Thanks for your question and interest in this topic! For a deeper insight into how the algorithm works, I would like to refer you to DataMiner Prediction engine - DataMiner Dojo I believe this will contain a lot of information that you will find useful.
Now, let me answer more specifically to your question.
Given a parameter, we typically don’t make just one prediction, but 4 different predictions. The first one is based on about 2500 points of real-time data: this prediction is the most accurate on the short term, but can not be used to predict very far in time. The second/third is based on about 2500 points of 5’/1h average data fetched from the database and better captures the long term behavior of the parameter. The fourth prediction finally is based on daily average data, which is obtained by averaging the 1h averages from the database. This one really takes these long term behaviors into account.
Apart from trend data, our prediction engine also uses the change points (anomalies) that DataMiner discovered in your parameter. (see Working with behavioral anomaly detection | DataMiner Docs) This is used in the preprocessing step, where the trend data is first “cleaned” before we build the actual prediction model. For example, when an irregular shift in level occurs in the data, then this distorts the data in such a way that it is typically very difficult to create an accurate model on the entire data set. So, we account for this by basically “removing” this level shift during the modelling step. Similarly, we take actions to deal with unexpected outliers, trend changes,…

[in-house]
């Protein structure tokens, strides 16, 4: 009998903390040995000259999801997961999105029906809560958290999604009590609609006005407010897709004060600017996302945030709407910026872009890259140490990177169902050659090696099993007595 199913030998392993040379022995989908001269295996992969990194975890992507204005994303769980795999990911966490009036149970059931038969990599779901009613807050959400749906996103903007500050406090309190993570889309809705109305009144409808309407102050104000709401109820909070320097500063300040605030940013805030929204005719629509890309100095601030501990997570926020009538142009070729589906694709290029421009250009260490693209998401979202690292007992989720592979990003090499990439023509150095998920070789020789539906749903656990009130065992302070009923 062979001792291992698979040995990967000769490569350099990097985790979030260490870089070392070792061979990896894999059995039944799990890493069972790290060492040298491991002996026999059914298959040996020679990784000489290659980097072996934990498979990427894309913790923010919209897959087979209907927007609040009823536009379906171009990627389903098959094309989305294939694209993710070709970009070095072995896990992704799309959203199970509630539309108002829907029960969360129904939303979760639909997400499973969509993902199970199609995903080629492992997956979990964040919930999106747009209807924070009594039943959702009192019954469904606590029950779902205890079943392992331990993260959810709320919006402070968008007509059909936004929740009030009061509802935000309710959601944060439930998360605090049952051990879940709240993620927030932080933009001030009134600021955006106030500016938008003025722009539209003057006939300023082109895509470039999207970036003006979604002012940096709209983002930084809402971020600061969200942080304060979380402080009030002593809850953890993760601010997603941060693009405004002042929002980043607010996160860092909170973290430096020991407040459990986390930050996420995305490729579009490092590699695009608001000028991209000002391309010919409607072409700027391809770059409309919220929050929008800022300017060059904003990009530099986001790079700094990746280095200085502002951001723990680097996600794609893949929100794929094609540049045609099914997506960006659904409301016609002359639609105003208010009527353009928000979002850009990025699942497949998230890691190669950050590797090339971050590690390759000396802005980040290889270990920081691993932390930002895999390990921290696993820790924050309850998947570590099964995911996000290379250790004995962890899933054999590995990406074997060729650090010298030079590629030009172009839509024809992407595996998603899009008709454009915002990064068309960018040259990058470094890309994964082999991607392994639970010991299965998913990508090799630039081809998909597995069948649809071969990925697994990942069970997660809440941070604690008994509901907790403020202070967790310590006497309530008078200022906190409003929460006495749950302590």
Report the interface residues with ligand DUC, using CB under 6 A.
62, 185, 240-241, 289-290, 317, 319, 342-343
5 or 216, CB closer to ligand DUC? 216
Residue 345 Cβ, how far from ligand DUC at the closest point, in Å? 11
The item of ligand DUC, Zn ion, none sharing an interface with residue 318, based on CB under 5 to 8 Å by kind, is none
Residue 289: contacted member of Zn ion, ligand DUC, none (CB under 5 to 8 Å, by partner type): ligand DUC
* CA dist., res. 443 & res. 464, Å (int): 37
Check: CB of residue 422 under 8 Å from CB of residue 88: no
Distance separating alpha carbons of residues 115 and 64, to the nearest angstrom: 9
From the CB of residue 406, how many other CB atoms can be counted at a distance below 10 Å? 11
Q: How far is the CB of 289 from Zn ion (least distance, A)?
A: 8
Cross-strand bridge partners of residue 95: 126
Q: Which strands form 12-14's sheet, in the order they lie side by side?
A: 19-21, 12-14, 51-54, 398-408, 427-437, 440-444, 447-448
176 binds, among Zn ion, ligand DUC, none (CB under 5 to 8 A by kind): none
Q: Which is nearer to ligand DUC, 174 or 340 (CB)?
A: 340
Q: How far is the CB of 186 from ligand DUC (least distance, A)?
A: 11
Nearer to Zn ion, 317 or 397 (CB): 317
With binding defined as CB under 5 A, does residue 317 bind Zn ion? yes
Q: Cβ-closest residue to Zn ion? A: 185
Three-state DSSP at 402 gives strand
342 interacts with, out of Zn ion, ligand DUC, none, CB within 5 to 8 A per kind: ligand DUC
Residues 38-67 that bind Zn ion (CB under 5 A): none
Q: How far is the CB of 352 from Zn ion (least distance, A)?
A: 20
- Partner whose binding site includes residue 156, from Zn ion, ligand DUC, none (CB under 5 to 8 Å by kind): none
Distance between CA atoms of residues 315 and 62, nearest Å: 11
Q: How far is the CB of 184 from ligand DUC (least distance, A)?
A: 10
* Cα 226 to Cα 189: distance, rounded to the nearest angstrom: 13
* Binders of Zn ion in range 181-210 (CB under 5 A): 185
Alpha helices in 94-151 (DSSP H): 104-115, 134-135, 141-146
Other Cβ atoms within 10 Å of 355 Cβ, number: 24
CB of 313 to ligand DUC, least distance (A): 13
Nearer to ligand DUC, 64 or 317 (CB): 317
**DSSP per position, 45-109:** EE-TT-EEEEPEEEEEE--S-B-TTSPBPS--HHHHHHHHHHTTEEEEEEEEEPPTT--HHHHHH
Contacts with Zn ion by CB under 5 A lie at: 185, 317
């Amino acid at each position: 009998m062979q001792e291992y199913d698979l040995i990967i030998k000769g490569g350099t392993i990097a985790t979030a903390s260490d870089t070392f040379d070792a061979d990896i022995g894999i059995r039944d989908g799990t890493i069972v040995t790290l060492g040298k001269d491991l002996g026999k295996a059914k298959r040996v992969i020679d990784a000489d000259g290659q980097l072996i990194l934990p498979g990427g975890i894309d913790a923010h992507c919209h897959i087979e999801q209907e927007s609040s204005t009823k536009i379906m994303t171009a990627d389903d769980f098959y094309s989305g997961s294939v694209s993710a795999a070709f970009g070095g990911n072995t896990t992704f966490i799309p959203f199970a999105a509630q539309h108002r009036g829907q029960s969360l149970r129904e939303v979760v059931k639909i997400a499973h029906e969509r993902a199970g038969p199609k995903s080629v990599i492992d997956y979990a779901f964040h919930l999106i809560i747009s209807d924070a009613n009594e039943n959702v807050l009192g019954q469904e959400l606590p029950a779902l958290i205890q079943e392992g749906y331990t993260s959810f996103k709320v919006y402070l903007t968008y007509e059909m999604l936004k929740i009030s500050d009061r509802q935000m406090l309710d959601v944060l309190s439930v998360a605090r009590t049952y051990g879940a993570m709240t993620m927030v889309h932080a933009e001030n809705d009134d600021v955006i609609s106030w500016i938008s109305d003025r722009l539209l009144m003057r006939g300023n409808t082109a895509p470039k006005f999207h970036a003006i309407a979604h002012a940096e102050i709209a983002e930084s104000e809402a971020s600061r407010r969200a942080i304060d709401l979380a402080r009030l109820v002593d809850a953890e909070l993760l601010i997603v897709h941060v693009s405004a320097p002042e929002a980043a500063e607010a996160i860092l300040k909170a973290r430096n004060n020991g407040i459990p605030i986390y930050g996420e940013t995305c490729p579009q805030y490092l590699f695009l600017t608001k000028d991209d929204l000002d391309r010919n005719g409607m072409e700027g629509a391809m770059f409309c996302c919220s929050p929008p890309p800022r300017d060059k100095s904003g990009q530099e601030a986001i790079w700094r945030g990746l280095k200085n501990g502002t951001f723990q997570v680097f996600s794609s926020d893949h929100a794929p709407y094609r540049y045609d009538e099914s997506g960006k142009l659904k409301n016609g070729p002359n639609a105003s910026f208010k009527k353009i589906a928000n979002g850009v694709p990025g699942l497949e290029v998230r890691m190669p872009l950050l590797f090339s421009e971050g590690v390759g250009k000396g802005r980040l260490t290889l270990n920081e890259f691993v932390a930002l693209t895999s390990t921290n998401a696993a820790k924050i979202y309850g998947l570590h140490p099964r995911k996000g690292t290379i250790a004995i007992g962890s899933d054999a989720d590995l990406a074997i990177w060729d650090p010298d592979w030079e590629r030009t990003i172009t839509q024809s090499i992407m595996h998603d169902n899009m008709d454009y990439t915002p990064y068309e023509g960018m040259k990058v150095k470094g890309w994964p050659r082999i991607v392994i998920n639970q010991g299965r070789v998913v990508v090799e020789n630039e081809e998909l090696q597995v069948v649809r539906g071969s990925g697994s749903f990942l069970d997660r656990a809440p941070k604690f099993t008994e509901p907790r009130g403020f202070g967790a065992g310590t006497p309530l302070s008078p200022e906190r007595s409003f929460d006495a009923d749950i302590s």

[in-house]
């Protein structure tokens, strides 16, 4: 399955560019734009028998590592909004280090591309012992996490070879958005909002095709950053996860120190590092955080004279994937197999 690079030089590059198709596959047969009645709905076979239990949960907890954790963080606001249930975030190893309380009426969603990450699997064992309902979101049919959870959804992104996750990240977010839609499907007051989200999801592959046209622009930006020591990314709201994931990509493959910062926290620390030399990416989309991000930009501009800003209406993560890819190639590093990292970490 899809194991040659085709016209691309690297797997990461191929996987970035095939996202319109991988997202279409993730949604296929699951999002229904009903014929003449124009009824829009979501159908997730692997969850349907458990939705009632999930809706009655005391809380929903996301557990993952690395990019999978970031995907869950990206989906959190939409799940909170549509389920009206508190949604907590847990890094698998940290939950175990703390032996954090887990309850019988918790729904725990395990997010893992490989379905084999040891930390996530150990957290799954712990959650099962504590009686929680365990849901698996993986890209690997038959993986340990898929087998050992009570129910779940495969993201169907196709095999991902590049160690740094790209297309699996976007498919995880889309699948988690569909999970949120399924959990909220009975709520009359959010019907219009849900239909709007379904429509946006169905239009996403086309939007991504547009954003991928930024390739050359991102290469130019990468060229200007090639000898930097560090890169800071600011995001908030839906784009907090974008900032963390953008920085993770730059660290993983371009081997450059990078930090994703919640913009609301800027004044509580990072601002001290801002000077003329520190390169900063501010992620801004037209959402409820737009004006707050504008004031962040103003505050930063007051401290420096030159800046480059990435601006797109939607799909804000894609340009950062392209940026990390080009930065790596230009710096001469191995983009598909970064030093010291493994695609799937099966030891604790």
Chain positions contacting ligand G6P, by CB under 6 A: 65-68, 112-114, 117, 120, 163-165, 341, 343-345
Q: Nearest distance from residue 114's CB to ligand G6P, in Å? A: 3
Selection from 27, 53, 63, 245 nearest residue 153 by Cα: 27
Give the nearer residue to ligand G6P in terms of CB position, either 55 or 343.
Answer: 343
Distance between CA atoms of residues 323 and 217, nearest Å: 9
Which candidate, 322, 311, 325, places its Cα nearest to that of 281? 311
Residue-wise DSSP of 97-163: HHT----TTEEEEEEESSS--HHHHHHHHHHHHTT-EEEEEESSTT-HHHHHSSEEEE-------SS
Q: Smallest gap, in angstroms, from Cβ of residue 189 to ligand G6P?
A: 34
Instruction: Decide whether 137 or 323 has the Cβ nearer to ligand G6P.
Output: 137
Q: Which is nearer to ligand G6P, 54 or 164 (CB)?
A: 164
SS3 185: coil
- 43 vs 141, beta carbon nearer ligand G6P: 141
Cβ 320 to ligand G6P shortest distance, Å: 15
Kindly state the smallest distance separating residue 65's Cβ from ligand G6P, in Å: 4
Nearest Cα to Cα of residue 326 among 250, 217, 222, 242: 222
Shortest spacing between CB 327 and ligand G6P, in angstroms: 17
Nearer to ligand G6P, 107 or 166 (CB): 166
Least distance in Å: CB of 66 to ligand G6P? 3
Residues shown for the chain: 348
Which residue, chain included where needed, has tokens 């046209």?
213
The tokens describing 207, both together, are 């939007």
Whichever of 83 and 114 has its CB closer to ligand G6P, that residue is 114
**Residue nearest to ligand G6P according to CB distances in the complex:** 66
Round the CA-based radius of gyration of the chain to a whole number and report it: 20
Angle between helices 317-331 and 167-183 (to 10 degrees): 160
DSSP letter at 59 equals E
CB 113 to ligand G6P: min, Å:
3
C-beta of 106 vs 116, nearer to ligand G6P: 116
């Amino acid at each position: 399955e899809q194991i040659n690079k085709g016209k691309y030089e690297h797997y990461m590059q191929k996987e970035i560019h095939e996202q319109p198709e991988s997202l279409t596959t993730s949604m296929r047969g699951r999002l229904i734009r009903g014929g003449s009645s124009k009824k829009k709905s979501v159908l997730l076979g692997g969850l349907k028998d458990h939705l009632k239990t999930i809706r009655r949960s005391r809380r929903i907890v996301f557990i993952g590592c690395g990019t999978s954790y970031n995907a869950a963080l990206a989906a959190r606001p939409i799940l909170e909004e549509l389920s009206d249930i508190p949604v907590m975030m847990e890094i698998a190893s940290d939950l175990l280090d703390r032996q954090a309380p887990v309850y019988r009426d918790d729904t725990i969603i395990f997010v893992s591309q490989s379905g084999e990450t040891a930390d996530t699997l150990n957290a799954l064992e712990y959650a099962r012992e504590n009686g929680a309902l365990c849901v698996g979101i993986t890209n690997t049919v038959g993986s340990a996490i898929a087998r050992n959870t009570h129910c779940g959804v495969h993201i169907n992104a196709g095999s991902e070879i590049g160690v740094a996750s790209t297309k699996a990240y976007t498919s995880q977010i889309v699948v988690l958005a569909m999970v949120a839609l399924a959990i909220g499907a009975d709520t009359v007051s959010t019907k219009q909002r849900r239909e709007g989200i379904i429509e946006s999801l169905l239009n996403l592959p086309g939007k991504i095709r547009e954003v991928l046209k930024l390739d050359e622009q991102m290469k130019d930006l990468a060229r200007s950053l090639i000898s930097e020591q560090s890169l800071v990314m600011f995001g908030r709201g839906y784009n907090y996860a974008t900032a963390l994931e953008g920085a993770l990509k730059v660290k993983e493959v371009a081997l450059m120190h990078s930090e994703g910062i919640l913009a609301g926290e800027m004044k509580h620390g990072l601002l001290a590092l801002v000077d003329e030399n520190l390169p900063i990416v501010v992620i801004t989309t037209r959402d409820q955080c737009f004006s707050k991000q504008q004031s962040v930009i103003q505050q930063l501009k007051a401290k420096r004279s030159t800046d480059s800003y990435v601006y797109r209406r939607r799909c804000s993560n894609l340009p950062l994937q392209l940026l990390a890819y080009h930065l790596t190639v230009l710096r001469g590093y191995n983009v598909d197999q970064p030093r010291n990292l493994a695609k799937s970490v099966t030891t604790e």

Of course, we don’t take any drastic actions that ignore periodicity in the data. During the preprocessing state, our algorithm looks for repeating behaviors. Typically, if it occurs at least four times in the trend data, then it is taken into account.
The forecasting algorithm has grown so much over time and has become so sophisticated that it’s impossible to explain everything fully in this post. If you have any additional questions or you want to discuss this further, don’t hesitate to post a follow up or request a call in this thread and we can certainly discuss further on teams.